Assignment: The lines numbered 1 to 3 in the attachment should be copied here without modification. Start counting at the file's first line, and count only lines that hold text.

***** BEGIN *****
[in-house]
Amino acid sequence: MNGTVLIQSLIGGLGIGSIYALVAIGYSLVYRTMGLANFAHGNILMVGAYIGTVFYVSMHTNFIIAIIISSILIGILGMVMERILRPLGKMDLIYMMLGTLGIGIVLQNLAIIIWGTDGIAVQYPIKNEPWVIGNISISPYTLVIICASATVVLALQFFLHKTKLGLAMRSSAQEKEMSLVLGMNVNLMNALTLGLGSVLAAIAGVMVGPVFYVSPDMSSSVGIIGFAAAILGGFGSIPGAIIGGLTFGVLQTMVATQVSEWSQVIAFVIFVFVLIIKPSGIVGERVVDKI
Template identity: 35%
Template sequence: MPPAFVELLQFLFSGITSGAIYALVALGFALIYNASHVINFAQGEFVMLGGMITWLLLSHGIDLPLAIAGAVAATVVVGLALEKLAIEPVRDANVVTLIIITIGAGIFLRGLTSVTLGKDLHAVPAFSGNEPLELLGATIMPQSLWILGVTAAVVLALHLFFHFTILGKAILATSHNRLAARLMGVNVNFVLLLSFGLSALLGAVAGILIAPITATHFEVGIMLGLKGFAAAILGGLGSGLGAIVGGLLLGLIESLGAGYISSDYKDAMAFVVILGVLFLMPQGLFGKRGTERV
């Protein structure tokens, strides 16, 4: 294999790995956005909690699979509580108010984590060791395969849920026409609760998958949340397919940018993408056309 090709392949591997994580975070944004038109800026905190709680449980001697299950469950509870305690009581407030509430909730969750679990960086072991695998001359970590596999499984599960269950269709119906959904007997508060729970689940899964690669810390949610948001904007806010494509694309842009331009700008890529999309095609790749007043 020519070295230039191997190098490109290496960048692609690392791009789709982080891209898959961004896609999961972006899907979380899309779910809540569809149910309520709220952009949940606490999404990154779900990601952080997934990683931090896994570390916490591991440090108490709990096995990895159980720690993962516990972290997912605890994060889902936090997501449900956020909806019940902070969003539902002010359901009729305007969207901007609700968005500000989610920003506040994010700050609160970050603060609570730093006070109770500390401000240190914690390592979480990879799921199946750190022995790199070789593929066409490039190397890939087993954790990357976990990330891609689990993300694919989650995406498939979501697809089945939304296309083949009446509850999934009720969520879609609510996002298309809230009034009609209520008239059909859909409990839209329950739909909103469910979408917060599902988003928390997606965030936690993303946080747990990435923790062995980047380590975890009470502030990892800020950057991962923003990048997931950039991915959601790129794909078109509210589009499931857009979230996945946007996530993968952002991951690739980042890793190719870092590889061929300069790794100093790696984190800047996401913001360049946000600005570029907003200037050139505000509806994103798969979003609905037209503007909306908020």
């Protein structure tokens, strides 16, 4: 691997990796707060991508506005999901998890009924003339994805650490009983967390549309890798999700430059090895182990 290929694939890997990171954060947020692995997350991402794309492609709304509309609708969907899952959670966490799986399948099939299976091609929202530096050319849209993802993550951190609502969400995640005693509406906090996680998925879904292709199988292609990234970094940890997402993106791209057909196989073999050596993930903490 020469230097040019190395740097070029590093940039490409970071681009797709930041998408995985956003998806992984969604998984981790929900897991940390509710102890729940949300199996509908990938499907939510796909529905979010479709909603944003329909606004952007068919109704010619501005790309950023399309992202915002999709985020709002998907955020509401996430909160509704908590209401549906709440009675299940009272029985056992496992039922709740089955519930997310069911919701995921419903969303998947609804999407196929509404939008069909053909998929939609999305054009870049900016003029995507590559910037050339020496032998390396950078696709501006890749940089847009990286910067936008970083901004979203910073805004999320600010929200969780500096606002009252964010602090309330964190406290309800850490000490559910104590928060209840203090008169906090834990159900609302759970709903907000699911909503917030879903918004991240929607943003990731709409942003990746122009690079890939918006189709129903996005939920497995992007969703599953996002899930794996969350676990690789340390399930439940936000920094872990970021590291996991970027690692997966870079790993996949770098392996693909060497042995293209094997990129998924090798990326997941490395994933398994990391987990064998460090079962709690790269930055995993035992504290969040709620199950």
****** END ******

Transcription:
[in-house]
Amino acid sequence: MNGTVLIQSLIGGLGIGSIYALVAIGYSLVYRTMGLANFAHGNILMVGAYIGTVFYVSMHTNFIIAIIISSILIGILGMVMERILRPLGKMDLIYMMLGTLGIGIVLQNLAIIIWGTDGIAVQYPIKNEPWVIGNISISPYTLVIICASATVVLALQFFLHKTKLGLAMRSSAQEKEMSLVLGMNVNLMNALTLGLGSVLAAIAGVMVGPVFYVSPDMSSSVGIIGFAAAILGGFGSIPGAIIGGLTFGVLQTMVATQVSEWSQVIAFVIFVFVLIIKPSGIVGERVVDKI
Template identity: 35%